AK:How do you think the character of Volker has evolved over the course of the show and what aspirations did you have for the character?
PG: Like with all the characters, Volker found his place and role on Destiny. He began the journey uncertain of where he would fit in and unsure of how to deal with unstable authority (Rush). By the end Volker was a leading member of the science team, the go-to navigator on the Bridge and was able to hold his own against Rush. I would have liked to have seen his journey continue that way, but for the sake of good story telling it would have been fun to see him get knocked down a few times.
AK:What aspect of Volker was the most challenging and how did you cope with this challenge?
PG:It was tough to negotiate the relationship he had with some of the military, especially in Season 1. In such circumstances he would have become friends with many of the people on board but given the attempted coup those relationships would have become murky. But as the story progressed, those connections became clearer. As an actor, the science was challenging at times. But thanks to Wikipedia & Writer/Producer Carl Binder’s astrophysicist daughter…I was covered.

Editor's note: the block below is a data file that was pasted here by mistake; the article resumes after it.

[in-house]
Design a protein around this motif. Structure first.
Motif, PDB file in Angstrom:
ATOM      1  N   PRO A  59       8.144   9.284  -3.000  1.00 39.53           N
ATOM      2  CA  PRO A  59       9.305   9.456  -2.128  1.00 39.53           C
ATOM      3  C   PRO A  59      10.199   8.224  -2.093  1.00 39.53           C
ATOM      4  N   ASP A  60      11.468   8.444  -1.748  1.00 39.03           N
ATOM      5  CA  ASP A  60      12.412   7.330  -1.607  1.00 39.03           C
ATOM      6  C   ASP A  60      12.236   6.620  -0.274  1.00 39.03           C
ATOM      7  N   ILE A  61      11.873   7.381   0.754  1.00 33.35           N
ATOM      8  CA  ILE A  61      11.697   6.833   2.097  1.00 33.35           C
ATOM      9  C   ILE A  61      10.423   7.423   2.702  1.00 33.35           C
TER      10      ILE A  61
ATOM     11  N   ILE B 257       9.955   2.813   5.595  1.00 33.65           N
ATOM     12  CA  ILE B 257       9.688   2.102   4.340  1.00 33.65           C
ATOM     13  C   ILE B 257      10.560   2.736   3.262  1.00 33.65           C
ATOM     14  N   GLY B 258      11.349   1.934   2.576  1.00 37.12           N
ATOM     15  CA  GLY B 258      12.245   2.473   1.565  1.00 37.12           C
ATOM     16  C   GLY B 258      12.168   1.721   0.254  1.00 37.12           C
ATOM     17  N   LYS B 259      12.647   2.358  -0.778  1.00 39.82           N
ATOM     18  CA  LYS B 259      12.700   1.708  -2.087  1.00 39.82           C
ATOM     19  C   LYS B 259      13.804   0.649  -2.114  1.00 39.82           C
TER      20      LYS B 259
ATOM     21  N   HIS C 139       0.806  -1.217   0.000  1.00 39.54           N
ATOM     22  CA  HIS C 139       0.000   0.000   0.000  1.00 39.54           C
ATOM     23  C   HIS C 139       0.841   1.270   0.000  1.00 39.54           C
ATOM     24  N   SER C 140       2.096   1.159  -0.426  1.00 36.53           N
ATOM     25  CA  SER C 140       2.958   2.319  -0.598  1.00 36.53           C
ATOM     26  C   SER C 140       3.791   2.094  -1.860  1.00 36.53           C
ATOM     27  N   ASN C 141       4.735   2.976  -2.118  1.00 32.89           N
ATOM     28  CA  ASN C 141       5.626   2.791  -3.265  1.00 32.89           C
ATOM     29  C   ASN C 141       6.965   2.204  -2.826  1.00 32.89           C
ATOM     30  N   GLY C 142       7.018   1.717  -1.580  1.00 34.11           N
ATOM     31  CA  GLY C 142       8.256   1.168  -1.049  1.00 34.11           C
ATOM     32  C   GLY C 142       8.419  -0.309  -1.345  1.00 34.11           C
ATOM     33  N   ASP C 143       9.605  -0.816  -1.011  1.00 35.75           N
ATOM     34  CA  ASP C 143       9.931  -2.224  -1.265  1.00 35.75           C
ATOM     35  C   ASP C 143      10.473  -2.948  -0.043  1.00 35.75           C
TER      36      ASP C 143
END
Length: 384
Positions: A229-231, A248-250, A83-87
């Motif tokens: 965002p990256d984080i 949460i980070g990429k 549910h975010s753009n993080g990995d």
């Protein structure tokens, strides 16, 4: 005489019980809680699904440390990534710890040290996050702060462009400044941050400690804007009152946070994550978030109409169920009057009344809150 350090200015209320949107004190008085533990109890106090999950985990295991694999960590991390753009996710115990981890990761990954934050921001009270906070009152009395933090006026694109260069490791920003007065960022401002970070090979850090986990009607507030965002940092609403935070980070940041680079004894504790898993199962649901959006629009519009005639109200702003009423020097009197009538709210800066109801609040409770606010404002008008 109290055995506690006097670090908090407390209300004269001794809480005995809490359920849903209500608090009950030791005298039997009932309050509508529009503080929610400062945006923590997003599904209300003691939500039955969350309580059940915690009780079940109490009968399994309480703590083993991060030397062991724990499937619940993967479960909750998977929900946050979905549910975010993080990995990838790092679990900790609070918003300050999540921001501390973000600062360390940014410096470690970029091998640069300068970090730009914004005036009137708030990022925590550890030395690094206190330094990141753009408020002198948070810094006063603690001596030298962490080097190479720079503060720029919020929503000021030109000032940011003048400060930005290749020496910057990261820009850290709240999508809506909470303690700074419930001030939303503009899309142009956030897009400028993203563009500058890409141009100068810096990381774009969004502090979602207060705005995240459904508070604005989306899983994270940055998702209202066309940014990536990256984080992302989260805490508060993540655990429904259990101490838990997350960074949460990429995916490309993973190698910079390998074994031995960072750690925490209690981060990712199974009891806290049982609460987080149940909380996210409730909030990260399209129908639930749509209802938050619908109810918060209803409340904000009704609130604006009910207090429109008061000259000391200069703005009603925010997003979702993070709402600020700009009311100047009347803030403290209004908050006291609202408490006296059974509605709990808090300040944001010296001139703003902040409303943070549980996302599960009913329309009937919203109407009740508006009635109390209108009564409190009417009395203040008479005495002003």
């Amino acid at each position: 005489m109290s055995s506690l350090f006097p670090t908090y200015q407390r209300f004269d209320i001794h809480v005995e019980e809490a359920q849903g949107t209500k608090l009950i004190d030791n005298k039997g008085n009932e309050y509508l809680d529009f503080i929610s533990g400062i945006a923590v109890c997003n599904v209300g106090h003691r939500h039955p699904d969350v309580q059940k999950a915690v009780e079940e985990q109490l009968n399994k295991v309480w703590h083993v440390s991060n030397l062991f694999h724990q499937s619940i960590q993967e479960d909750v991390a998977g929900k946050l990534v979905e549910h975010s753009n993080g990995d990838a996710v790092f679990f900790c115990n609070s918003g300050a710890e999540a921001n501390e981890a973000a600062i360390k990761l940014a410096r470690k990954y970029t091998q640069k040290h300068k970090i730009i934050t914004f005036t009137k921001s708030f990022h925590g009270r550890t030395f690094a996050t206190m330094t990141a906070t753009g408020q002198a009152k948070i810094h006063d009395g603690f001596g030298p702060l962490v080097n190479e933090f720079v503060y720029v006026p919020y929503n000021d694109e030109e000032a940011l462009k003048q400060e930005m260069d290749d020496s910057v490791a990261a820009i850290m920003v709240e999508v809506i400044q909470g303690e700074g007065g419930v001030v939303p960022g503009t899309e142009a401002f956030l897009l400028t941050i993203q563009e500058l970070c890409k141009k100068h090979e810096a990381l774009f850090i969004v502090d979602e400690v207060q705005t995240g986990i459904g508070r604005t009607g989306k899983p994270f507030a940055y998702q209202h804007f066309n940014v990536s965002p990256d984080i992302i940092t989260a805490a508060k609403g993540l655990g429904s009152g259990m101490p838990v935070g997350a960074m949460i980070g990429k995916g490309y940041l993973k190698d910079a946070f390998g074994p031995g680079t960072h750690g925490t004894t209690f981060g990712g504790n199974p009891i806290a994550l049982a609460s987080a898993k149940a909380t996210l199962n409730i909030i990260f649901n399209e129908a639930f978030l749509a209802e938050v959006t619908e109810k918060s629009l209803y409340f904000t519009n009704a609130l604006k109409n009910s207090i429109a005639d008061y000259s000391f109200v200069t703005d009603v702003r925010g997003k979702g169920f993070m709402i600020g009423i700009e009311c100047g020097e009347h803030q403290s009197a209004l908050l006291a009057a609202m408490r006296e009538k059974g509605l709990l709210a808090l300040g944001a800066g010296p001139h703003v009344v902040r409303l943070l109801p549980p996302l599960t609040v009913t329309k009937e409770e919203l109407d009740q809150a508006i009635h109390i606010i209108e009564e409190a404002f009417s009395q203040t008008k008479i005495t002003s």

AK: Science Fiction fans have been known for their great passion and loyalty towards genre entertainment. What have been the various ways in which you have connected with fans and could you please, briefly describe your experience in interacting with the fandom?
PG: David Blue introduced me to Twitter early in the first season of SGU and two years later I’m a full on addict. It’s like theater, instant feedback. It’s also a great creative outlet and now my news source too. My fan interaction, for the most part, has been humbling. I’m still trying to make sense of it all and manage my reaction, but I hope I never get used to it, because then I’ll think it’s normal. (That’s a piece of advice Lou Diamond gave me.)
AK:Back in December, Syfy announced the cancellation of SGU once the current second season draws to a close. What was your reaction when you discovered that the series had been cancelled and why do you think SGU was unable to attract the audience needed for the series? What is your perspective on the direction which the producers took with SGU, by placing an initial emphasis on establishing the background of the show’s characters as well as the initial emphasis on survival?